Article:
AN ACT CONCERNING MEDICAID COVERAGE OF TELEMONITORING SERVICES.

SUMMARY:

This bill requires the Department of Social Services (DSS), to the extent federal law allows, to provide Medicaid coverage for home telemonitoring services performed by a home health care agency for a Medicaid beneficiary in certain circumstances or with certain heath conditions.

The bill (1) allows DSS to seek a waiver from federal Medicaid requirements or a Medicaid state plan amendment if needed to provide such coverage and (2) requires DSS to adopt regulations, in accordance with the Uniform Administrative Procedures Act, to implement the bill.

EFFECTIVE DATE: July 1, 2016

HOME TELEMONITORING SERVICE

Definitions

The bill defines “home telemonitoring service” as a health service included in an integrated care plan written by a treating physician. The plan must require:

The bill defines a “home health care agency” as a public or private organization, or such an organization's subdivision, that provides professional nursing services and certain other services 24 hours per day in the patient's home or a substantially equivalent environment. The agency must (1) provide professional nursing services and at least one additional service directly and all other services directly or through contract and (2) be available to enroll new patients seven days a week, 24 hours per day.

Eligible Beneficiaries

Under the bill, home telemonitoring services may be used for a Medicaid beneficiary with:

The bill requires DSS to establish coverage criteria for home telemonitoring services based on evidence-based best practices (i.e., the integration of the best available research with clinical expertise in the context of patient characteristics and preferences).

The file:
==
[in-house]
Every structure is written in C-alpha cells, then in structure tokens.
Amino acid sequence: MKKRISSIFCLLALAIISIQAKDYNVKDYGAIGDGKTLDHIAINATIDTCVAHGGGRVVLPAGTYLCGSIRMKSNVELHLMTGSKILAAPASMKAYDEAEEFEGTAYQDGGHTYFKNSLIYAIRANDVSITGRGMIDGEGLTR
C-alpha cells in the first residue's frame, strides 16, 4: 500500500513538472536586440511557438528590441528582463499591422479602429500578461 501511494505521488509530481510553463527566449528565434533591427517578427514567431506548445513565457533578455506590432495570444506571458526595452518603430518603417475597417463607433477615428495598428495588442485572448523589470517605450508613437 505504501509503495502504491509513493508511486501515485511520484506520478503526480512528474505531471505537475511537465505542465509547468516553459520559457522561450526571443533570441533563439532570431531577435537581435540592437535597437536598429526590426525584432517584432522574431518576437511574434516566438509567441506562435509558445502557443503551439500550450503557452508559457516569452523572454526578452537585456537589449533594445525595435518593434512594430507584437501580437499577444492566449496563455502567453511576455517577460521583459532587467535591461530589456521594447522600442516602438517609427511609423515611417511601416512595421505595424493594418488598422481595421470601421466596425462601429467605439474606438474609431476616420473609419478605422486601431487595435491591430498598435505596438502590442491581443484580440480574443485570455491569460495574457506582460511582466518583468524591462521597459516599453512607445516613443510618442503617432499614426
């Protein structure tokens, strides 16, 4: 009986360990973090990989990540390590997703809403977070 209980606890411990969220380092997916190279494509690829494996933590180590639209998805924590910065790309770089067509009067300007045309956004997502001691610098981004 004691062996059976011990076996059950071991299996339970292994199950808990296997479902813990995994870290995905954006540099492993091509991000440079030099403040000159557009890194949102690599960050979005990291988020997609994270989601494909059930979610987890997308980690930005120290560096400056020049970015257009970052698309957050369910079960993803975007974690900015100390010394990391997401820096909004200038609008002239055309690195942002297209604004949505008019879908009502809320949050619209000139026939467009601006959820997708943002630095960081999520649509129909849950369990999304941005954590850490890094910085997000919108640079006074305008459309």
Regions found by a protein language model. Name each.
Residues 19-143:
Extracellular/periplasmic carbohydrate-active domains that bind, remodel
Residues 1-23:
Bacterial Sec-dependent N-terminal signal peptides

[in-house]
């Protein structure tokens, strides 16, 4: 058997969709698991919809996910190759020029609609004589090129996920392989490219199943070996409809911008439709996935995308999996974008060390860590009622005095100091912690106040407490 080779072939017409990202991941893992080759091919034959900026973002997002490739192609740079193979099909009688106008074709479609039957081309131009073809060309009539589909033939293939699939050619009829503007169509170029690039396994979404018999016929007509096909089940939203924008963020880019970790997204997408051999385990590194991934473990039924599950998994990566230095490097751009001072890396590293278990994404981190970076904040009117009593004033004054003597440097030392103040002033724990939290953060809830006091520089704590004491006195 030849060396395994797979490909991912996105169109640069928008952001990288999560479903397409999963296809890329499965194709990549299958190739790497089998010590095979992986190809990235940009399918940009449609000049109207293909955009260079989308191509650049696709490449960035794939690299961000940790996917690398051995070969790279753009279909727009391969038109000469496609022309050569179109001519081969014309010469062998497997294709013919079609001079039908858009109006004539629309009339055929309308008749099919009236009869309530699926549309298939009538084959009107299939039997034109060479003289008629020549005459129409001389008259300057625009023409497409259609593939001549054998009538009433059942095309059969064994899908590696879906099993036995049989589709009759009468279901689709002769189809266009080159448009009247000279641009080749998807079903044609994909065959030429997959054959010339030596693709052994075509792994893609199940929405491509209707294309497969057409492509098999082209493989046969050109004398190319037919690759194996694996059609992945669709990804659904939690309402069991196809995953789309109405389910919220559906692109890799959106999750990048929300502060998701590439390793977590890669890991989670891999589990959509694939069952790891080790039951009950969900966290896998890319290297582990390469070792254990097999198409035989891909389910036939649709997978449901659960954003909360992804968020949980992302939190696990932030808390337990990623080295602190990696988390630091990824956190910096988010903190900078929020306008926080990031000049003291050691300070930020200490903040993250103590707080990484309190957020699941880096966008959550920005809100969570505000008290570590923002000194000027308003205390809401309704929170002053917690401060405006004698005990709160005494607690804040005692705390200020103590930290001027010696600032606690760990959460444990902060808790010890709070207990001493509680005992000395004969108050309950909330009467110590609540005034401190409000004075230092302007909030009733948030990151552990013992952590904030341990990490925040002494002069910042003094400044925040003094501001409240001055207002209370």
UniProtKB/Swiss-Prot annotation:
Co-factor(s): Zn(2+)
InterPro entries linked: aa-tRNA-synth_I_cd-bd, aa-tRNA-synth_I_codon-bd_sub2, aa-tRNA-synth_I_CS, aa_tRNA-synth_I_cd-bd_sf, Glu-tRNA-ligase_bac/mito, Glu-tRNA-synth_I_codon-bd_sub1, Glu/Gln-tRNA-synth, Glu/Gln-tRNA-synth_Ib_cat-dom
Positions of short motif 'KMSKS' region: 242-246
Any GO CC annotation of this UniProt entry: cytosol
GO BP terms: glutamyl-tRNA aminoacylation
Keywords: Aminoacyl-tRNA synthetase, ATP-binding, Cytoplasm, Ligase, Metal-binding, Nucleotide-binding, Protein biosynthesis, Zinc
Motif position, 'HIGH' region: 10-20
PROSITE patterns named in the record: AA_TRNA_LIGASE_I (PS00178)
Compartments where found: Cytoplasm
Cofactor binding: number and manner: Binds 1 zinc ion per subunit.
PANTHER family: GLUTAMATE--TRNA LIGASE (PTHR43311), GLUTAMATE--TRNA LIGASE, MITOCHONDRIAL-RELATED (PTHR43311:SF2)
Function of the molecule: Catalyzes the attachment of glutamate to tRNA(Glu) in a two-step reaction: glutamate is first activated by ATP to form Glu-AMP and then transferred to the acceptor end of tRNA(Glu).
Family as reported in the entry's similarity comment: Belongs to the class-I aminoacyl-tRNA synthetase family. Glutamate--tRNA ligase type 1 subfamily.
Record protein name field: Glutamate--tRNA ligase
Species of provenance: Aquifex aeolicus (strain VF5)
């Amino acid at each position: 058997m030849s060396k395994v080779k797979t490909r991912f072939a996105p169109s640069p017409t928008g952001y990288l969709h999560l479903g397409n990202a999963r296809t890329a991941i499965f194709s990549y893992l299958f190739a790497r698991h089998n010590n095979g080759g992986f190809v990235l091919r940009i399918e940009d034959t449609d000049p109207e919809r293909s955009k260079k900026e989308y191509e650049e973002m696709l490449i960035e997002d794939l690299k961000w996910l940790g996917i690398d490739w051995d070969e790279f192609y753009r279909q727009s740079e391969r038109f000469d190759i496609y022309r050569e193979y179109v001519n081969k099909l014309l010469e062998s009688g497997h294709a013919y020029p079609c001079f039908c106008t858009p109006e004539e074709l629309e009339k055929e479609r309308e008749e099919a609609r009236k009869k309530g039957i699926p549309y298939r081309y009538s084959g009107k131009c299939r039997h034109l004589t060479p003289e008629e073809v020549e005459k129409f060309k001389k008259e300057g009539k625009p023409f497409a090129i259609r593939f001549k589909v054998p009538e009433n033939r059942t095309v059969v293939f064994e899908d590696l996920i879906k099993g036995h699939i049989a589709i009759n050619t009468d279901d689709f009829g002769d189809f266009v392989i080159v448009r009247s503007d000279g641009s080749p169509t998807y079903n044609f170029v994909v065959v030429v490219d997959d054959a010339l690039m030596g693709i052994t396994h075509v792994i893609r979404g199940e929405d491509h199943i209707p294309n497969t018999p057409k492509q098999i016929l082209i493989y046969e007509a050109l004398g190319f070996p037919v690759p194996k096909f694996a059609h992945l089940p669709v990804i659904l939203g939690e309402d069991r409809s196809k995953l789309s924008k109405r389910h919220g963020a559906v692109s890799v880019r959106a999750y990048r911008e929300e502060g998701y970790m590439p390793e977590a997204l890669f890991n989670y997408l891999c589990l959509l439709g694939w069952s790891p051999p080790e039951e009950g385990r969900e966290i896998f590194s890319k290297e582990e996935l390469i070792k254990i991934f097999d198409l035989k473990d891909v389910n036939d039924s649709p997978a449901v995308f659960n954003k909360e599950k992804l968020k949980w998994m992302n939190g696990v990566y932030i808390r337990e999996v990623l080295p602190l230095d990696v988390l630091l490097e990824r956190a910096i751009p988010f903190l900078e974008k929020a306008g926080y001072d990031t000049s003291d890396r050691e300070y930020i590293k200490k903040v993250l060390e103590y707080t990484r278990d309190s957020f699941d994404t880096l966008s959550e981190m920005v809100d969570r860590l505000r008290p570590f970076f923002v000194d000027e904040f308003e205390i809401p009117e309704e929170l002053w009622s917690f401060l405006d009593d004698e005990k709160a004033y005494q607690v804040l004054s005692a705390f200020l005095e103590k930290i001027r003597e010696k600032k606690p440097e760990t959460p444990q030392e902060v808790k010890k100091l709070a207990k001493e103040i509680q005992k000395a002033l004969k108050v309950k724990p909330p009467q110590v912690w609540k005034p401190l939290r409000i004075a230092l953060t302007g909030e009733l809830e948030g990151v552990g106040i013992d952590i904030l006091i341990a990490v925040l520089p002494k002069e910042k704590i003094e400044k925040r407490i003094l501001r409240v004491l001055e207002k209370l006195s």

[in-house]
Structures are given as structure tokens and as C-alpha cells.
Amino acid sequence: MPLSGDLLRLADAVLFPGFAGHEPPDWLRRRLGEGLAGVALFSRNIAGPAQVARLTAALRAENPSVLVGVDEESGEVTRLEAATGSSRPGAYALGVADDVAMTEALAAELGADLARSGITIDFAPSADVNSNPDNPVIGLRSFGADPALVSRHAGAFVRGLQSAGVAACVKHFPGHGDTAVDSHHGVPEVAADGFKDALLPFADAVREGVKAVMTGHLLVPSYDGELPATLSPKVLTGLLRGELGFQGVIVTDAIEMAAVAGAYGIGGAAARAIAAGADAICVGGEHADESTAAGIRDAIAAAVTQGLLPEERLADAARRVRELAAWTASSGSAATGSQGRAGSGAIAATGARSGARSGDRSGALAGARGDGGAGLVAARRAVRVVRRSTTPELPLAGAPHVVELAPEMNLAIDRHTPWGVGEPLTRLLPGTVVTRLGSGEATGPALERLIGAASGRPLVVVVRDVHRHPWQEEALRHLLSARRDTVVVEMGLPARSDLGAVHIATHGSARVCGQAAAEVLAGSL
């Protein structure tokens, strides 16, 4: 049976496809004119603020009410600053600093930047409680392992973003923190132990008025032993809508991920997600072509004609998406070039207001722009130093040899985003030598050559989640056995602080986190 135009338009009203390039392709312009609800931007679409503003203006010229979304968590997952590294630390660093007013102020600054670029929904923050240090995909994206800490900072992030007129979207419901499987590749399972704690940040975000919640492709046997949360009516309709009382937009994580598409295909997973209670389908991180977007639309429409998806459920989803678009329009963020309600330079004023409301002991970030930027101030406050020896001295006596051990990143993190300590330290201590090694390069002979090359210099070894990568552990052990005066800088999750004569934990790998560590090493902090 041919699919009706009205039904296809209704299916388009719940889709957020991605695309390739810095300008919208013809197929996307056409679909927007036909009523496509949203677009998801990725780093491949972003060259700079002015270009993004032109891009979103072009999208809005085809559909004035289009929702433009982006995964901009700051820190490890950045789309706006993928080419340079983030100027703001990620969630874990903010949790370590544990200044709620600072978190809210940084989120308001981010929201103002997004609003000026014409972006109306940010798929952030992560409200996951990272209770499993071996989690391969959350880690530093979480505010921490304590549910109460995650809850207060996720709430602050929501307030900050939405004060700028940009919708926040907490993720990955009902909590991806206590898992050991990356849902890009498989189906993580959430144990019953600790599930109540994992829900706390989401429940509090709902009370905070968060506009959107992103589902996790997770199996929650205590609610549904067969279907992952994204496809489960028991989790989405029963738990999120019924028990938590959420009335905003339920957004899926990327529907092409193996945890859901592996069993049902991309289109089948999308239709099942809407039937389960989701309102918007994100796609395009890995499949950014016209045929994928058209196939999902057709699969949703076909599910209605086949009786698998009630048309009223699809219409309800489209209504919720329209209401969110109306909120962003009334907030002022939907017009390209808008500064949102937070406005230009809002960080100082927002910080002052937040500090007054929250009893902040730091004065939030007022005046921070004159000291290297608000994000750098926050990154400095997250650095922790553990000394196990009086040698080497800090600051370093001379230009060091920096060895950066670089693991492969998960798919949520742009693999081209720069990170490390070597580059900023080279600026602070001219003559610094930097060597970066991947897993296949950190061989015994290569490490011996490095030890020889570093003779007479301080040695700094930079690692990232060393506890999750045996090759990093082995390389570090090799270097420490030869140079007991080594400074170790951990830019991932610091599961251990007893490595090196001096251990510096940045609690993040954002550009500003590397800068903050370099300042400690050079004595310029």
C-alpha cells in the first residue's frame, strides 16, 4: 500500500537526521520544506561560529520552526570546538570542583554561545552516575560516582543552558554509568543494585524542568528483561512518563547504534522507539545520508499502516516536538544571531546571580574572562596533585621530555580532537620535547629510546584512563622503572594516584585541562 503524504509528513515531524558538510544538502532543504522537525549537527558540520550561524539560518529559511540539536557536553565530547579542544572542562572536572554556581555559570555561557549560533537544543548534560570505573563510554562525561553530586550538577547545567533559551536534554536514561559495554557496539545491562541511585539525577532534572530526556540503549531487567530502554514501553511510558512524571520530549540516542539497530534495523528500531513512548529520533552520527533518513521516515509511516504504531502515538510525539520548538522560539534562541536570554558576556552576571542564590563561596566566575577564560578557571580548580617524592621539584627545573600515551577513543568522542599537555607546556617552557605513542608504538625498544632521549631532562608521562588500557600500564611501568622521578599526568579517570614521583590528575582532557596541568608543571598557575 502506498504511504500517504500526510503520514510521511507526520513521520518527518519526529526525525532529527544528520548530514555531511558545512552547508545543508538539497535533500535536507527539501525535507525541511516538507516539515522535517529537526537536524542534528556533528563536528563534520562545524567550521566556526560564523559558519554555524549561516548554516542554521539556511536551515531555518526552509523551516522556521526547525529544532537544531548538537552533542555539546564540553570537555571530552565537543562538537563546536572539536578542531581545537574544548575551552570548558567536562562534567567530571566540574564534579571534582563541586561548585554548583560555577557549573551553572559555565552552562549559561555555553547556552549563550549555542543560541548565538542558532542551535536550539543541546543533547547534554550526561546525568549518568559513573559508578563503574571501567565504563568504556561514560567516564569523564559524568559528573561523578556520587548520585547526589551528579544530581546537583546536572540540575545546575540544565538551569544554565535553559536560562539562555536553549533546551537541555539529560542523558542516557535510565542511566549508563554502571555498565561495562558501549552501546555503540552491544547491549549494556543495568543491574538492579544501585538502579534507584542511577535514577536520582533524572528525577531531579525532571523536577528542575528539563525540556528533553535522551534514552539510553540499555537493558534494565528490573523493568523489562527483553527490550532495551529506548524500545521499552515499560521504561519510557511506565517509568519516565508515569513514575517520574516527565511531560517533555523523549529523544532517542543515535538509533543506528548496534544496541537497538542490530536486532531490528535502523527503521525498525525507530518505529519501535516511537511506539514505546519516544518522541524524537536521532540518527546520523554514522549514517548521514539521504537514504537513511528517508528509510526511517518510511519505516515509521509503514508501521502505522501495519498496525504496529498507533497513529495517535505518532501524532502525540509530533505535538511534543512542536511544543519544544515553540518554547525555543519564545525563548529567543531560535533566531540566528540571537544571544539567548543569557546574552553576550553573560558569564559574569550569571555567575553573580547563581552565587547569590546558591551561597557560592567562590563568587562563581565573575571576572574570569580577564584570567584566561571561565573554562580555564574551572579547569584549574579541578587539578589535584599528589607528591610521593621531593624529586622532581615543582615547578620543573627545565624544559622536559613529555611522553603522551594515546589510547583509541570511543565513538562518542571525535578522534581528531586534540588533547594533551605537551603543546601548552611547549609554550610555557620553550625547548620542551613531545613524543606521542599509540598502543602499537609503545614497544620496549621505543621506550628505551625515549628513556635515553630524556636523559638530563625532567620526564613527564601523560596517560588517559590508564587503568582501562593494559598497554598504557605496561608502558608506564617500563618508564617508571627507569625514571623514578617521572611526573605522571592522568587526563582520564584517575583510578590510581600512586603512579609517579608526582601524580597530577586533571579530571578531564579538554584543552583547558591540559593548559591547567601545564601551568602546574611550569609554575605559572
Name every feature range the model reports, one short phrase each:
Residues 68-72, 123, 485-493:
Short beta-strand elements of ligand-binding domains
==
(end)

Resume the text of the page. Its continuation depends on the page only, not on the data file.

Data Sharing and Protection

Under the bill, DSS must ensure that the information the home health care agency gathers while providing home telemonitoring services is shared with the patient's physician. The bill allows the department to impose other reasonable requirements on the use of such services.

Additionally, the bill requires the transmission, storage, and dissemination of data and home telemonitoring records to comply with federal and state laws and regulations on privacy, security, confidentiality, and safeguarding of individually identifiable information. (The bill does not specify which entity is responsible for storing the data.)

BACKGROUND

Related Bill

SB 115, favorably reported by the Human Services Committee, allows DSS to provide coverage for telemonitoring services to Medicaid recipients in the Money Follows the Person federal demonstration program.

COMMITTEE ACTION

Aging Committee

Joint Favorable

Yea

13

Nay

0

(03/08/2016)

TOP

1 The State Innovation Model (SIM), which includes Medicaid, is reviewing telemedicine.

2 Source: Broderick, A., (2013). Partners HealthCare: Connecting Heart Failure Patients to Providers Through Remote Monitoring. Case Studies in Telehealth and Adoption; The Commonwealth Fund.

3 Source: Broderick, A., (2013). The Veterans Health Administration: Taking Home Telehealth to Scale Nationally. Case Studies in Telehealth and Adoption; The Commonwealth Fund.